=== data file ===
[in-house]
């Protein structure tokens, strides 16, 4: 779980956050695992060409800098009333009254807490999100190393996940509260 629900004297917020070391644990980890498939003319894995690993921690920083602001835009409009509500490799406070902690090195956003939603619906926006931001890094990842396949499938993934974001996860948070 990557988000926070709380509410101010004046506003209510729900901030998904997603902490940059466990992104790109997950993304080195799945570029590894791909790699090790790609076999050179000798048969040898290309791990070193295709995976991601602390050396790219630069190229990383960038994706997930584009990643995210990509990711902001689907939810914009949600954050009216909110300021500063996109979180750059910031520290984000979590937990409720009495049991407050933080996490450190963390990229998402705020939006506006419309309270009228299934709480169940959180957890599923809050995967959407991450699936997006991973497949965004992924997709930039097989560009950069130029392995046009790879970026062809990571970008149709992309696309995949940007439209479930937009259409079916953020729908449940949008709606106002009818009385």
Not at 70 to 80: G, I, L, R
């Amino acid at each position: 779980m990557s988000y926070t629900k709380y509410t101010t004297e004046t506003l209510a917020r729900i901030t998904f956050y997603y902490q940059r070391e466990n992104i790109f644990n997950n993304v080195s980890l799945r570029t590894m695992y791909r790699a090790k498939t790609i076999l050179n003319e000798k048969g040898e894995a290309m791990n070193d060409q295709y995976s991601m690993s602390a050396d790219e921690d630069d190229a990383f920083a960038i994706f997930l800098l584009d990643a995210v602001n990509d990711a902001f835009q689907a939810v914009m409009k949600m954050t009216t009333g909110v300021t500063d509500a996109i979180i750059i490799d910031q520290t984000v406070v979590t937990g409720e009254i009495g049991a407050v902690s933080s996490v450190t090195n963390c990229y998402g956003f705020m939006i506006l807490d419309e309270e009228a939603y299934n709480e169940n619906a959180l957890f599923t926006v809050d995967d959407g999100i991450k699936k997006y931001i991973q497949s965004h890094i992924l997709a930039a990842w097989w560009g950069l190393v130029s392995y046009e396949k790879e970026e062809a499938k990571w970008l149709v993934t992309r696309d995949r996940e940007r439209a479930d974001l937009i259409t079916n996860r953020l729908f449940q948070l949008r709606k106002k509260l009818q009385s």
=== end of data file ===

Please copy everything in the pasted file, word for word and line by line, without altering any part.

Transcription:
[in-house]
């Protein structure tokens, strides 16, 4: 779980956050695992060409800098009333009254807490999100190393996940509260 629900004297917020070391644990980890498939003319894995690993921690920083602001835009409009509500490799406070902690090195956003939603619906926006931001890094990842396949499938993934974001996860948070 990557988000926070709380509410101010004046506003209510729900901030998904997603902490940059466990992104790109997950993304080195799945570029590894791909790699090790790609076999050179000798048969040898290309791990070193295709995976991601602390050396790219630069190229990383960038994706997930584009990643995210990509990711902001689907939810914009949600954050009216909110300021500063996109979180750059910031520290984000979590937990409720009495049991407050933080996490450190963390990229998402705020939006506006419309309270009228299934709480169940959180957890599923809050995967959407991450699936997006991973497949965004992924997709930039097989560009950069130029392995046009790879970026062809990571970008149709992309696309995949940007439209479930937009259409079916953020729908449940949008709606106002009818009385």
Not at 70 to 80: G, I, L, R
């Amino acid at each position: 779980m990557s988000y926070t629900k709380y509410t101010t004297e004046t506003l209510a917020r729900i901030t998904f956050y997603y902490q940059r070391e466990n992104i790109f644990n997950n993304v080195s980890l799945r570029t590894m695992y791909r790699a090790k498939t790609i076999l050179n003319e000798k048969g040898e894995a290309m791990n070193d060409q295709y995976s991601m690993s602390a050396d790219e921690d630069d190229a990383f920083a960038i994706f997930l800098l584009d990643a995210v602001n990509d990711a902001f835009q689907a939810v914009m409009k949600m954050t009216t009333g909110v300021t500063d509500a996109i979180i750059i490799d910031q520290t984000v406070v979590t937990g409720e009254i009495g049991a407050v902690s933080s996490v450190t090195n963390c990229y998402g956003f705020m939006i506006l807490d419309e309270e009228a939603y299934n709480e169940n619906a959180l957890f599923t926006v809050d995967d959407g999100i991450k699936k997006y931001i991973q497949s965004h890094i992924l997709a930039a990842w097989w560009g950069l190393v130029s392995y046009e396949k790879e970026e062809a499938k990571w970008l149709v993934t992309r696309d995949r996940e940007r439209a479930d974001l937009i259409t079916n996860r953020l729908f449940q948070l949008r709606k106002k509260l009818q009385s």